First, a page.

Find out why the island’s dive sites top the list of the nation’s best
Known for its diving, Isla Mujeres boasts amazing visibility at depths of 80 to 100 feet. With over 50 dive sites from which to choose, the island is a prime destination of novice and seasoned scuba divers alike. Among the dozens of sites, several rise to the very top of the “Best of” list.
Considered by many to be one of the best sites for all experience levels, Manchones Reef is also popular among photographers. With over 800 meters of coral reef, elk horn, stag horn, and brain coral, its undersea beauty is staggering. Schools of local fish, including blue tangs, wrasse, grunts, and snappers, enchant divers with vibrant explosion of color. Larger queen angel and parrot fish enhance the visual impact of the dive. With depths ranging from 30-40 feet, Manchones Reef is also home to Cruz de la Bahia (the Cross of the Bay).
Navy Boat Shipwreck
This is an exciting experience that allows divers to explore the inside of a sunken ship. Passing authentic guns and exploring the bathrooms and office, divers are often surprised by stingrays and amberjacks that emerge for a game of “hide and seek.”
Cave of Sleeping Sharks
Discovered by Carlos Garcia Castilla, this cave provides an isolated but invigorating dive. Castilla was a local fisherman who free dove to the cave to seek out hiding sharks. He found them within, sleeping with their eyes open. The cave was made famous by Jacques Cousteau, and is still home to a variety of sharks. Since the sharks are sleeping, getting a close-up view is no problem. Common varieties include black tip, gray, reef, and nurse sharks. The cave resides at a depth of 60-70 feet.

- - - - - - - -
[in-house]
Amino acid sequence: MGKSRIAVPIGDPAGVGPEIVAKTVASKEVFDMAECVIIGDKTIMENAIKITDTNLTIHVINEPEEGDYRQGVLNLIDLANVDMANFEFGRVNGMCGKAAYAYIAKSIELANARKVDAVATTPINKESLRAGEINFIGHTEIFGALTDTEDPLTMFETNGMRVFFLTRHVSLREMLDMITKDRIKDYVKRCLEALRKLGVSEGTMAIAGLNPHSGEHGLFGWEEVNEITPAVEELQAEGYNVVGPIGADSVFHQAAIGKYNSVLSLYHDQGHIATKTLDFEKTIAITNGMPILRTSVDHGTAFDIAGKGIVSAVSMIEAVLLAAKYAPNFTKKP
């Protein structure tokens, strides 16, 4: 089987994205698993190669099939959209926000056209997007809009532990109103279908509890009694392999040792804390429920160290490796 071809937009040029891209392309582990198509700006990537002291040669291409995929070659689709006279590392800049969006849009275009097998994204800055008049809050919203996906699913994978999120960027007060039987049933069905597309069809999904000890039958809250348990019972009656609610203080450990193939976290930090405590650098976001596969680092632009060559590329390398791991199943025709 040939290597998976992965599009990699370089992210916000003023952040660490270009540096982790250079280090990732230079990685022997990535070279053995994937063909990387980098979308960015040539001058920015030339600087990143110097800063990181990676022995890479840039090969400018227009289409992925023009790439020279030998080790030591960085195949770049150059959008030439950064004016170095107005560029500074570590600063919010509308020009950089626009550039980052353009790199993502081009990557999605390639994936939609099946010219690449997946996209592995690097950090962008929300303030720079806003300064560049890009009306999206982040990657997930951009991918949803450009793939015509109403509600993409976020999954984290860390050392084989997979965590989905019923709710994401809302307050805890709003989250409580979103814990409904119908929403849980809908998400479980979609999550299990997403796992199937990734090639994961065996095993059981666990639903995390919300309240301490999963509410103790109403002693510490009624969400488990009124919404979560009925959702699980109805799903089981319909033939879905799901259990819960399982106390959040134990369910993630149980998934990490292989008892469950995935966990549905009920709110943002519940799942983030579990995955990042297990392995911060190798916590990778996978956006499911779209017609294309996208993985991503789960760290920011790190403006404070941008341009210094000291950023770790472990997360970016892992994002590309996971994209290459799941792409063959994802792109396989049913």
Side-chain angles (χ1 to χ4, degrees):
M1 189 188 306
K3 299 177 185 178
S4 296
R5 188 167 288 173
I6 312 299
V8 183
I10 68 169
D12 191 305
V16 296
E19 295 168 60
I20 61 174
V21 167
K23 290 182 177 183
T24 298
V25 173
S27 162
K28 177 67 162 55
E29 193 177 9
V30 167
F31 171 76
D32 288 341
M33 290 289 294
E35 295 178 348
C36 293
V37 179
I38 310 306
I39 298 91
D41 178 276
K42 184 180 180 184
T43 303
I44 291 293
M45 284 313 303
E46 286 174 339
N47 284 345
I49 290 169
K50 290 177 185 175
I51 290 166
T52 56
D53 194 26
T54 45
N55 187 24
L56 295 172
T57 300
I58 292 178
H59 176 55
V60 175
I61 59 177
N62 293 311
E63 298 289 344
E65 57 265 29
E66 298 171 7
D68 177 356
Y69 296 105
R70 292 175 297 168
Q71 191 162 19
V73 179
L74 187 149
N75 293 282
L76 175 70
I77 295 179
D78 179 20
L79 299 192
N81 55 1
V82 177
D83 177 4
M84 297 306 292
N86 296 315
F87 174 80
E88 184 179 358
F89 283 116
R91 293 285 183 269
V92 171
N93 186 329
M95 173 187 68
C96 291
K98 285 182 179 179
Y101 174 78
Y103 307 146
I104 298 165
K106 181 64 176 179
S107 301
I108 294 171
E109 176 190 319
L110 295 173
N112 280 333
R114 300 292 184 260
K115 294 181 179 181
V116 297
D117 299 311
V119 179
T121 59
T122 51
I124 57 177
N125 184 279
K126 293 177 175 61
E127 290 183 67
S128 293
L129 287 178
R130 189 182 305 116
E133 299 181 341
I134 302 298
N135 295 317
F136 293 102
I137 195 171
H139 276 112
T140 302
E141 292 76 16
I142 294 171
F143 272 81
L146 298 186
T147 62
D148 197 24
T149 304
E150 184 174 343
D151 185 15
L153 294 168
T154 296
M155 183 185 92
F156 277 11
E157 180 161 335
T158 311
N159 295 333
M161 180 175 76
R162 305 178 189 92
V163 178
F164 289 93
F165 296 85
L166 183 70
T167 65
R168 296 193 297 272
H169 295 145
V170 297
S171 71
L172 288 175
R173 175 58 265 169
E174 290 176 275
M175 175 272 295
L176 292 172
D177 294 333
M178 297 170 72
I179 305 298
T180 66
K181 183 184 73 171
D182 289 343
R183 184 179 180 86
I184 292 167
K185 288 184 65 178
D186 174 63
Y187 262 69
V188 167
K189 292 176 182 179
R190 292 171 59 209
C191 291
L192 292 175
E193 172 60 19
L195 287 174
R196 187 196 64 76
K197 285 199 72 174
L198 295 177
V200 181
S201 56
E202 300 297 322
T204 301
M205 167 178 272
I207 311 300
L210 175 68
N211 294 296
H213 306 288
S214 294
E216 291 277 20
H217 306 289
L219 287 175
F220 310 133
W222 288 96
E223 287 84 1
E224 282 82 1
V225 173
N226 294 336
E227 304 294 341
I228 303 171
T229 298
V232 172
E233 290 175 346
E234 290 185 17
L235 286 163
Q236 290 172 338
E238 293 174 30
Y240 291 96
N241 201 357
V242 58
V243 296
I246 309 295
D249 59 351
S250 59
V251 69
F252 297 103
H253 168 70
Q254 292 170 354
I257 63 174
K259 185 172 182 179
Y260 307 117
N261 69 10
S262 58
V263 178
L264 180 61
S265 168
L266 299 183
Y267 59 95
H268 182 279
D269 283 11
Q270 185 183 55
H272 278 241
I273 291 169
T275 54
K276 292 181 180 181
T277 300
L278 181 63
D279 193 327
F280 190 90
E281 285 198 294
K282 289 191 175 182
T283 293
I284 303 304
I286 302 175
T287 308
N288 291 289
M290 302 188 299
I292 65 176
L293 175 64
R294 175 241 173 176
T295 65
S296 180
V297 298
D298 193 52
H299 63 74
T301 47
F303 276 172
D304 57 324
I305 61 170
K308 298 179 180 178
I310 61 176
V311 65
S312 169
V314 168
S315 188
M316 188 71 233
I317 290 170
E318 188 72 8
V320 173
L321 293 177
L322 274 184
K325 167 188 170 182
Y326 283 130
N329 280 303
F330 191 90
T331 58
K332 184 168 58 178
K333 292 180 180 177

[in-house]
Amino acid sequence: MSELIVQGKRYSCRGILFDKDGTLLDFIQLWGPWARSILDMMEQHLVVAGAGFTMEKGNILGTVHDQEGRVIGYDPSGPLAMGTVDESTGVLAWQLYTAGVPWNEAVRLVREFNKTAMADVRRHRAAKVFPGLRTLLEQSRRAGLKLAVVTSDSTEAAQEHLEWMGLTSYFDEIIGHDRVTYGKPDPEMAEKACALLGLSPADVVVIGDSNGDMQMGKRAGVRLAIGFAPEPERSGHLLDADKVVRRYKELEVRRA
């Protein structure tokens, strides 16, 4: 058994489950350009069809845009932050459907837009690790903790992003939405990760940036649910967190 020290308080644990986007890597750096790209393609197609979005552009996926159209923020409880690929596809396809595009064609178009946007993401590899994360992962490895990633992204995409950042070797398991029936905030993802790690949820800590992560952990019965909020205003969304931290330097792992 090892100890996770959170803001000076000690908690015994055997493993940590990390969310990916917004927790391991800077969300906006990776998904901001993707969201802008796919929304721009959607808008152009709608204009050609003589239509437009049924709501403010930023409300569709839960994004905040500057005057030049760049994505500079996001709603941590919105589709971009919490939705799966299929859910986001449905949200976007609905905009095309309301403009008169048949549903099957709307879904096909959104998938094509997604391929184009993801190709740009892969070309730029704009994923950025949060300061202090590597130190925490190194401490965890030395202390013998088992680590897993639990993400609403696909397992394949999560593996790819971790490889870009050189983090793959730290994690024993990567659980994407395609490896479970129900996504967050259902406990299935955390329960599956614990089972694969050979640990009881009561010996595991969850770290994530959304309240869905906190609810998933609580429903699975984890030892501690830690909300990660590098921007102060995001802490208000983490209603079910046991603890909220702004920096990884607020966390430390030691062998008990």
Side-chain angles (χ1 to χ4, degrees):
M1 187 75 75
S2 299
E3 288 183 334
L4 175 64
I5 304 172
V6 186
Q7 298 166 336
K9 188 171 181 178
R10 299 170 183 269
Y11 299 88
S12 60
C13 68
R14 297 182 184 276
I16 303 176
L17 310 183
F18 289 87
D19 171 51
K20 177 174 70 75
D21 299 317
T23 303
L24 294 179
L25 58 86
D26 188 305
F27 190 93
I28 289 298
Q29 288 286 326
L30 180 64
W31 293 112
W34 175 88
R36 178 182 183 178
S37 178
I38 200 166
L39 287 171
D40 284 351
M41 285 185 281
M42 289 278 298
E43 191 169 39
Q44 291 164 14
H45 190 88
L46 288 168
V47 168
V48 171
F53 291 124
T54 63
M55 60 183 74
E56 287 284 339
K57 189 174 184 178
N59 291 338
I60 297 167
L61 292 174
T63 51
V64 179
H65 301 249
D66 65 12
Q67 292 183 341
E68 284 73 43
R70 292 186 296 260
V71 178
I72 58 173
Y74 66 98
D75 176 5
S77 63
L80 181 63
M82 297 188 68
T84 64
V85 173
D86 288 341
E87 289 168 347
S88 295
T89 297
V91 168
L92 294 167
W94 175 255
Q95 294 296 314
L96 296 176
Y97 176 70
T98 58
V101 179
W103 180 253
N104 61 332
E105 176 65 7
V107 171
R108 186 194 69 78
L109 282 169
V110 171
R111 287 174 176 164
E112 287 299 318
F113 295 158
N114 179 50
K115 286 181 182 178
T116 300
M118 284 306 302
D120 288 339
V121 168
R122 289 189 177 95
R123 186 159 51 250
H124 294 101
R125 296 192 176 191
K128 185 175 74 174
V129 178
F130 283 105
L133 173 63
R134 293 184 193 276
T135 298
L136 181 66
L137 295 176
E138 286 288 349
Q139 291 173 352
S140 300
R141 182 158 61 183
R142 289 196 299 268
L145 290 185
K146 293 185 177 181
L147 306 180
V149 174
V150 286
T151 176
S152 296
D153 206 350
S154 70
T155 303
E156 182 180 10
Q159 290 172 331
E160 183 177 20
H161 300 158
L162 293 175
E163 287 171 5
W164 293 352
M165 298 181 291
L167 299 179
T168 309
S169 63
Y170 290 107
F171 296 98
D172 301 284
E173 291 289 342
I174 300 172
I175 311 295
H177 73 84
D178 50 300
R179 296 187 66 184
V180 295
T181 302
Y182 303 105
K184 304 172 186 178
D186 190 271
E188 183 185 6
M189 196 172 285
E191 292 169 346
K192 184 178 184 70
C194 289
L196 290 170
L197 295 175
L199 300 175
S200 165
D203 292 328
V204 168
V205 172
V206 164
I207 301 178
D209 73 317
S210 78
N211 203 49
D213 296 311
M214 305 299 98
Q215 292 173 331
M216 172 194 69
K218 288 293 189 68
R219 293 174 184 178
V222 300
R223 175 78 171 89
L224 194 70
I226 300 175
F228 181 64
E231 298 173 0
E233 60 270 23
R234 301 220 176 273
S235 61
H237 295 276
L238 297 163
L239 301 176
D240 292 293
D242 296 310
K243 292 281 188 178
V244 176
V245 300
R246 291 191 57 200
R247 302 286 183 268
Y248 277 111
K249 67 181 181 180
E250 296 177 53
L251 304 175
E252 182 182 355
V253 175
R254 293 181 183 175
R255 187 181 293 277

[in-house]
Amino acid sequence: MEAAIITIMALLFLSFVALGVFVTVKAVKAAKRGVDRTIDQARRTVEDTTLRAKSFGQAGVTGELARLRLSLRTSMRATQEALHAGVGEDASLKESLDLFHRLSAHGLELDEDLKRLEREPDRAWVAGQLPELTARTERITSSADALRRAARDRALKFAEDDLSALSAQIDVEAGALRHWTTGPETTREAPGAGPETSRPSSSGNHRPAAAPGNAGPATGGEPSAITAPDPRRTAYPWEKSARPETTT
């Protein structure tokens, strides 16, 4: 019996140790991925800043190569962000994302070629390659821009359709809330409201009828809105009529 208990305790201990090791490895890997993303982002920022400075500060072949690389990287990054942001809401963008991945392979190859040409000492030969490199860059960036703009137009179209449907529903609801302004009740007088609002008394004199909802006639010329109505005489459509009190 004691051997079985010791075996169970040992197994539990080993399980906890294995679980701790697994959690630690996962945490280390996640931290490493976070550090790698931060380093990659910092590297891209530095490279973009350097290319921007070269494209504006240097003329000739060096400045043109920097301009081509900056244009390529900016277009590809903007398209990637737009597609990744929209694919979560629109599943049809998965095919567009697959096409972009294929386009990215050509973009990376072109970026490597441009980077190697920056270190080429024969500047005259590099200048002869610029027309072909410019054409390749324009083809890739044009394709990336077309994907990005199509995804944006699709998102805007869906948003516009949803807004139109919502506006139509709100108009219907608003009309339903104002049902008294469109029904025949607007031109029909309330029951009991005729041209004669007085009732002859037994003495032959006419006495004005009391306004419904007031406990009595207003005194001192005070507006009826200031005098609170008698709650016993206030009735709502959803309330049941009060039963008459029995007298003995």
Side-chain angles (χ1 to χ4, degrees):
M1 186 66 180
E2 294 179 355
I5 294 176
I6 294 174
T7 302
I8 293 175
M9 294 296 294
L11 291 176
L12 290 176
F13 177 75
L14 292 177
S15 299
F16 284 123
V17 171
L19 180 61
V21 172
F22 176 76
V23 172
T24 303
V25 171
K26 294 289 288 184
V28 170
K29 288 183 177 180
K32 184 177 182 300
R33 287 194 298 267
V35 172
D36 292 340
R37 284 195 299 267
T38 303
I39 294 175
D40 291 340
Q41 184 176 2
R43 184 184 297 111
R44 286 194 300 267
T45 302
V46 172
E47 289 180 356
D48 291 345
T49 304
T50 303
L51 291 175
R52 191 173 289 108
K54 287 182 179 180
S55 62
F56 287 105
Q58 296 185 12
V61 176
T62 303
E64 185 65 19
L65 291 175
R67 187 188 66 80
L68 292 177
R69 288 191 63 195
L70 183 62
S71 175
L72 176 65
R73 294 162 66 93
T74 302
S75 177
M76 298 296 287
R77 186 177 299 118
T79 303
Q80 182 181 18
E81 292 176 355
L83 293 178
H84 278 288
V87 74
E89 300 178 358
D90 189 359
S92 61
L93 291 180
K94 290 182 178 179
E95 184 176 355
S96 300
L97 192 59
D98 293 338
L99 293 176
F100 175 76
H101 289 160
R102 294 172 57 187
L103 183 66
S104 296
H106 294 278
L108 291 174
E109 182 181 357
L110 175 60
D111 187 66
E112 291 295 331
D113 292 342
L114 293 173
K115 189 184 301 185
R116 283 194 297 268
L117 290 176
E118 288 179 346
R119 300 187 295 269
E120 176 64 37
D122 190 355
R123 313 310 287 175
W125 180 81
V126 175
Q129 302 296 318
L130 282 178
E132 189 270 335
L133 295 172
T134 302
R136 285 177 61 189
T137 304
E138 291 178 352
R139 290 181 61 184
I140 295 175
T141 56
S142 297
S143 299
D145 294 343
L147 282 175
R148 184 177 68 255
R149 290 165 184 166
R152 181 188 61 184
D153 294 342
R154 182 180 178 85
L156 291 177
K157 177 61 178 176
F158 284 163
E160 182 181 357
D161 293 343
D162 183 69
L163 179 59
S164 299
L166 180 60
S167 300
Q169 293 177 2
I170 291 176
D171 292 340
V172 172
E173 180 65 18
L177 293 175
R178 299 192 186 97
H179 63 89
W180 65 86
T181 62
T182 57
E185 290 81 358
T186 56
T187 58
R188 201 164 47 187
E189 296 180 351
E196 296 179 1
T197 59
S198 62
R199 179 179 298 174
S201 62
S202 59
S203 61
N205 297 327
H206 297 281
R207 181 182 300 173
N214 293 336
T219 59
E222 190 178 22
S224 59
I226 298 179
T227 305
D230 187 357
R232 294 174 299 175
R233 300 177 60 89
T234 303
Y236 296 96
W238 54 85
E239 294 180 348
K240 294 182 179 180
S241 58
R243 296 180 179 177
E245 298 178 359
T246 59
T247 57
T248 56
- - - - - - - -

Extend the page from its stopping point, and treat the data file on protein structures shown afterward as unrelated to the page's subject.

A long coral reef topped with elk horn is found midway between Cancun and Isla Mujeres. A 40 foot dive, the Bandera Reef is home to schools of barracuda and pompano as well as large crab, spotted moray eel, langosta, and angel fish.
Tavos’ unique limestone formations have created intricate crevices and tunnels. Some of these are large enough for a diver to swim through. A bit of an obscure dive site, it’s also unique in that it attracts gray and white tip reef sharks, which also enjoy swimming through the arches. This dive site lies at 35 feet.
A 30 – 40 foot dive, Media Luna is located on the Caribbean side of Isla Mujeres. This reef has beautiful coral, and many arches and ledges that are home to sea anemone, spiny sea urchins, and langosta.
70 feet below the surface, the shrimp boat shipwreck Hondureno sank in 1988 in the wake of hurricane Gilbert. Home to a variety of sea life, including Green Moray eels, nurse sharks, and lobster, there’s no telling what life forms await discovery in these depths.
There are many more exciting dives to experience while in Isla Mujeres. Tourists can find snorkel teams and dive boats all along the beaches and docks of the island. Regardless of your experience level, you’re sure to find a tour that will delight and enlighten you.
Tours begin very early in the morning, leaving the island at 7 or 8 AM. The tour runs for much of the day, with most boats returning to the dock around 2 or 3 PM. The price of the tour includes the use of life jackets, snorkel gear, sandwiches, snacks, and a lunch buffet upon arrival back at the port. Snorkelers swim two at a time with a supervised guide.